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Singapore fines man S$30,000 for illegally importing 2 tonnes of meat

Singapore Court imposes hefty S$30,000 fine for illegally importing 2 tonnes of Thai meat without a valid license. The SFA stresses strict import requirements to safeguard public health.



SINGAPORE: A man has been slapped with a hefty fine of S$30,000 by the Court for his involvement in the unlawful importation of approximately two tonnes of meat products from Thailand without a valid import licence.

Ekachai Yasaeng illegally imported the meat products into Singapore for sale, the Singapore Food Agency (SFA) said on 21 February.

On 5 January 2024, vigilant SFA officers intercepted a Malaysian-registered container truck parked at an open-air facility near Joo Seng Road.

Upon inspection, the officers unearthed a stash of meat products, including pork and chicken skewers, originating from Thailand.

Notably, these items were imported without the requisite authorization, a blatant violation of Singaporean import regulations.

SFA promptly seized these illicit goods.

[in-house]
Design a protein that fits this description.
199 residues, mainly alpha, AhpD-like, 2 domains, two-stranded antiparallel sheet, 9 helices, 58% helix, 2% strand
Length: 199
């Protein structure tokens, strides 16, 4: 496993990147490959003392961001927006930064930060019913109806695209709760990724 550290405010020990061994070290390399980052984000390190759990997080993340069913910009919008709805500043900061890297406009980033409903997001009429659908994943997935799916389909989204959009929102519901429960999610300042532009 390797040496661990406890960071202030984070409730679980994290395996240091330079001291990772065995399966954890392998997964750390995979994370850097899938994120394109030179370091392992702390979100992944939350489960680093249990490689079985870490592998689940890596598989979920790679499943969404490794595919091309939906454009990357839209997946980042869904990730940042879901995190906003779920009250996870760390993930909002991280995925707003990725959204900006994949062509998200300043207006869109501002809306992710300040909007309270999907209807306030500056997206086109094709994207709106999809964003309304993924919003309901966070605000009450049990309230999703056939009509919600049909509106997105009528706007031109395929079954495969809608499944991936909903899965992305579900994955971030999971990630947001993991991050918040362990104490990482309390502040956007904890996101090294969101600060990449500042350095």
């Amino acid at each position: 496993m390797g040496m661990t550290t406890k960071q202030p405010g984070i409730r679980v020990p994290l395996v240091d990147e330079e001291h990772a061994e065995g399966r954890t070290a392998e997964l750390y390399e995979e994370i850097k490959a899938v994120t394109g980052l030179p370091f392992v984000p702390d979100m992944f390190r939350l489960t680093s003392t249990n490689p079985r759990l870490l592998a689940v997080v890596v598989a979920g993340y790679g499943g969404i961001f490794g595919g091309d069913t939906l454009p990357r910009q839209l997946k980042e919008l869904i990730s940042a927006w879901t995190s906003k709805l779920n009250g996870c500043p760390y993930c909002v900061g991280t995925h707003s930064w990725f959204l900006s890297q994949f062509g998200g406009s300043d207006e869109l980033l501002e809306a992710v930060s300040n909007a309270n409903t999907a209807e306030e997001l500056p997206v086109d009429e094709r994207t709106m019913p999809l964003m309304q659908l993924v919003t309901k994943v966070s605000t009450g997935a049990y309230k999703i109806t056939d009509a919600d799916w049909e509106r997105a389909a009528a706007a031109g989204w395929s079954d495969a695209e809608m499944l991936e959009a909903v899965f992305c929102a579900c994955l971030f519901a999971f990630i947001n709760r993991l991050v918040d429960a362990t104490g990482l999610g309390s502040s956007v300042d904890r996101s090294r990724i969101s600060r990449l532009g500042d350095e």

The agency said, “In Singapore, food imports must meet SFA’s requirements. Illegally imported food products of unknown sources can pose a food safety risk.”

The SFA mandates that all imported food products must adhere to their stringent requirements to safeguard public health.

Unauthorized imports not only flout regulatory norms but also pose significant risks to food safety.

Importation of food items is restricted to licensed entities, and each consignment must be duly declared and accompanied by a valid import permit.

Moreover, meat and its derivatives can only be sourced from accredited suppliers in countries endorsed by Singapore for their adherence to food safety norms.

According to the prevailing regulations, individuals found guilty of illegally importing meat and seafood products without proper authorization face severe penalties.

Upon conviction, offenders may be subject to fines up to S$50,000 and/or imprisonment for a period not exceeding two years.

For repeat offenders, the penalties escalate, with fines potentially reaching S$100,000 and imprisonment for up to three years.

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